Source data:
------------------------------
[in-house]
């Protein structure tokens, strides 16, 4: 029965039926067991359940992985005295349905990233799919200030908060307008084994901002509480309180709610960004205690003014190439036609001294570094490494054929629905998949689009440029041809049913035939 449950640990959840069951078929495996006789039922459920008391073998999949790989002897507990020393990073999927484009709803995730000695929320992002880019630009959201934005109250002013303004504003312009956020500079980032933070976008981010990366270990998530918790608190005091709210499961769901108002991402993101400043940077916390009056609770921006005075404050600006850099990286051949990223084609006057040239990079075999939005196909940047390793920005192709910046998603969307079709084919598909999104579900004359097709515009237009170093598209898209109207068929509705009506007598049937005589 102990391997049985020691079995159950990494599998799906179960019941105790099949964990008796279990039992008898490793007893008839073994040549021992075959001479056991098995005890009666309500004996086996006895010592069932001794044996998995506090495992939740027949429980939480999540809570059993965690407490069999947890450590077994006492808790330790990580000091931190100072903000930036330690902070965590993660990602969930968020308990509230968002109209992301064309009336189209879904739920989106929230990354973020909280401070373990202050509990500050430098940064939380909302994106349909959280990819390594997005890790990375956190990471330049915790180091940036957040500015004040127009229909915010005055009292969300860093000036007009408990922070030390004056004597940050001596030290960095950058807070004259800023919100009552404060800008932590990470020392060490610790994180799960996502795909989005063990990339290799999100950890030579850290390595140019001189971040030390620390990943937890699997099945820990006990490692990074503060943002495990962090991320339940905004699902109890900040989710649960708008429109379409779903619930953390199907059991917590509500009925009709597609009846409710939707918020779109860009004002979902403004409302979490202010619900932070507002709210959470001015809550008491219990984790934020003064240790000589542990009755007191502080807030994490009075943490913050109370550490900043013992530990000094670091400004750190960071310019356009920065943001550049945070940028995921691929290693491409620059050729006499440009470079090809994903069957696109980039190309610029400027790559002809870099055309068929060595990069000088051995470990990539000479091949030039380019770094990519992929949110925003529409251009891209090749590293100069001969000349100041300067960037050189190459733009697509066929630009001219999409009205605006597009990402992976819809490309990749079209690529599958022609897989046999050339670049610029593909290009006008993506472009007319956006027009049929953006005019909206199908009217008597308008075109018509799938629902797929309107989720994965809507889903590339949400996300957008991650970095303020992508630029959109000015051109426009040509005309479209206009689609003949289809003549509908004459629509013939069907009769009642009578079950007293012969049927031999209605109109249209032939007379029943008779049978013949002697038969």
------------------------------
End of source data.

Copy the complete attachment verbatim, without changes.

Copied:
[in-house]
């Protein structure tokens, strides 16, 4: 029965039926067991359940992985005295349905990233799919200030908060307008084994901002509480309180709610960004205690003014190439036609001294570094490494054929629905998949689009440029041809049913035939 449950640990959840069951078929495996006789039922459920008391073998999949790989002897507990020393990073999927484009709803995730000695929320992002880019630009959201934005109250002013303004504003312009956020500079980032933070976008981010990366270990998530918790608190005091709210499961769901108002991402993101400043940077916390009056609770921006005075404050600006850099990286051949990223084609006057040239990079075999939005196909940047390793920005192709910046998603969307079709084919598909999104579900004359097709515009237009170093598209898209109207068929509705009506007598049937005589 102990391997049985020691079995159950990494599998799906179960019941105790099949964990008796279990039992008898490793007893008839073994040549021992075959001479056991098995005890009666309500004996086996006895010592069932001794044996998995506090495992939740027949429980939480999540809570059993965690407490069999947890450590077994006492808790330790990580000091931190100072903000930036330690902070965590993660990602969930968020308990509230968002109209992301064309009336189209879904739920989106929230990354973020909280401070373990202050509990500050430098940064939380909302994106349909959280990819390594997005890790990375956190990471330049915790180091940036957040500015004040127009229909915010005055009292969300860093000036007009408990922070030390004056004597940050001596030290960095950058807070004259800023919100009552404060800008932590990470020392060490610790994180799960996502795909989005063990990339290799999100950890030579850290390595140019001189971040030390620390990943937890699997099945820990006990490692990074503060943002495990962090991320339940905004699902109890900040989710649960708008429109379409779903619930953390199907059991917590509500009925009709597609009846409710939707918020779109860009004002979902403004409302979490202010619900932070507002709210959470001015809550008491219990984790934020003064240790000589542990009755007191502080807030994490009075943490913050109370550490900043013992530990000094670091400004750190960071310019356009920065943001550049945070940028995921691929290693491409620059050729006499440009470079090809994903069957696109980039190309610029400027790559002809870099055309068929060595990069000088051995470990990539000479091949030039380019770094990519992929949110925003529409251009891209090749590293100069001969000349100041300067960037050189190459733009697509066929630009001219999409009205605006597009990402992976819809490309990749079209690529599958022609897989046999050339670049610029593909290009006008993506472009007319956006027009049929953006005019909206199908009217008597308008075109018509799938629902797929309107989720994965809507889903590339949400996300957008991650970095303020992508630029959109000015051109426009040509005309479209206009689609003949289809003549509908004459629509013939069907009769009642009578079950007293012969049927031999209605109109249209032939007379029943008779049978013949002697038969």